Making it easy – understanding the health and care system: progress report

Progress report on the 'Making it easy' action plan, which aims to help people deal with the complex demands of the health and care system.


"We want Scotland to be a health literate society which enables all of us to have sufficient confidence, knowledge, understanding and skills to live and die well, on our own terms, and with any health condition we may have."

At the core of Making it Easy was a call to redesign how we deliver and organise enabling care as if viewed through the eyes of people who are accessing and navigating the system, collaborating with their professionals and self managing. It pledged to:

  • Raise awareness amongst the workforce of the hidden problem of health literacy and help them respond accordingly
  • Build a go-to web place for health literacy evidence and resources
  • Promote innovation in what helps
  • Develop a beacon site for a health literacy responsive organisation.

Making it Easy has given encouragement and inspiration to many health literacy champions who are making a real difference and working hard to help achieve our ambition. Internationally it is contributing to the case for action on health literacy and helping other countries to follow suit. However, it has been just a start and we welcome the process of building the next steps in Making it Easier, the refreshed action plan which will be published later in 2017.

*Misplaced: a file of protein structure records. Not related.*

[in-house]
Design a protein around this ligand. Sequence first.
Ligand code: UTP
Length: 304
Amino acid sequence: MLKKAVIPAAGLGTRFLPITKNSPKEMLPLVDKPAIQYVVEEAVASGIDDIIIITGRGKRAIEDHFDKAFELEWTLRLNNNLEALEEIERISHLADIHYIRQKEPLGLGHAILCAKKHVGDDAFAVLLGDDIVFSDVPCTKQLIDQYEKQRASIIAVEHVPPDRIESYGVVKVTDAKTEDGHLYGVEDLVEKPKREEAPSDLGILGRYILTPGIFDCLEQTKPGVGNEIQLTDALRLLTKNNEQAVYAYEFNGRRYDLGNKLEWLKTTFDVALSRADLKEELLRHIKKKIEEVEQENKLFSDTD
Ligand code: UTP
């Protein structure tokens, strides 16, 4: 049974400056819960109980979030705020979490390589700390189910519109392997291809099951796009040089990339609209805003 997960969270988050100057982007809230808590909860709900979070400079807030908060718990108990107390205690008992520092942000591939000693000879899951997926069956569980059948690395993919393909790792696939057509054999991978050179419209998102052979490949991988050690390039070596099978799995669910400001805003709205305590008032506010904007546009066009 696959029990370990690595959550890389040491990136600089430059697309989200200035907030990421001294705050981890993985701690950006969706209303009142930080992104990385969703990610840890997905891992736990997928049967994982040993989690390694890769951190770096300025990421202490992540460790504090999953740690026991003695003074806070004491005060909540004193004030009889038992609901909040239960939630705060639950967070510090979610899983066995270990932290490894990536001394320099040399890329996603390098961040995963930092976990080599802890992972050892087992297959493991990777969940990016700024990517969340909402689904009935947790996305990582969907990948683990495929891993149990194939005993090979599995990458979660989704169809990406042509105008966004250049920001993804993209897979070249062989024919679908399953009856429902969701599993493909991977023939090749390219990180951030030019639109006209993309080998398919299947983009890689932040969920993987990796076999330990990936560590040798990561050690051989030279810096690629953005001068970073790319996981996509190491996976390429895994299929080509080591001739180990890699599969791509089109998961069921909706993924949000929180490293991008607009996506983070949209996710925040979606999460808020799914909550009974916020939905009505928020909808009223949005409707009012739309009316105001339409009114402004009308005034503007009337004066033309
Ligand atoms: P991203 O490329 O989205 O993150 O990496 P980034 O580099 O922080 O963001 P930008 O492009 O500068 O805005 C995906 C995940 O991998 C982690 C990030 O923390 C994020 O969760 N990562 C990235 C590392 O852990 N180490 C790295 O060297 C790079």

Health literacy is now a World Health Organization (WHO) global health promotion priority. At home, it resides at the heart of our person-centred care ambitions, Realistic Medicine and the transformation towards more enabling integrated health, social and community care services.

Scotland, with its spirit of innovation, community and commitment to rights and equity is well placed to remain at the vanguard of this important agenda.


When the Making it Easy action plan was published in 2014, it was welcomed as a fresh approach. It strived to build people's skills, confidence, knowledge and understanding to help them deal with the complex demands of the health and care system.

The concept of health literacy comes from research showing that the healthcare system fails to consider people's information needs. Scotland has pushed the boundaries in accepting the problem and has moved on to test actions to remove these barriers.

This was summed up in the two images that defined our approach (below).

With such a positive reaction to the plan, the challenge was to complete the actions in a way that supported Scotland to be a more health literate country.



Email: Blythe Robertson,

Phone: 0300 244 4000 – Central Enquiry Unit

The Scottish Government
St Andrew's House
Regent Road

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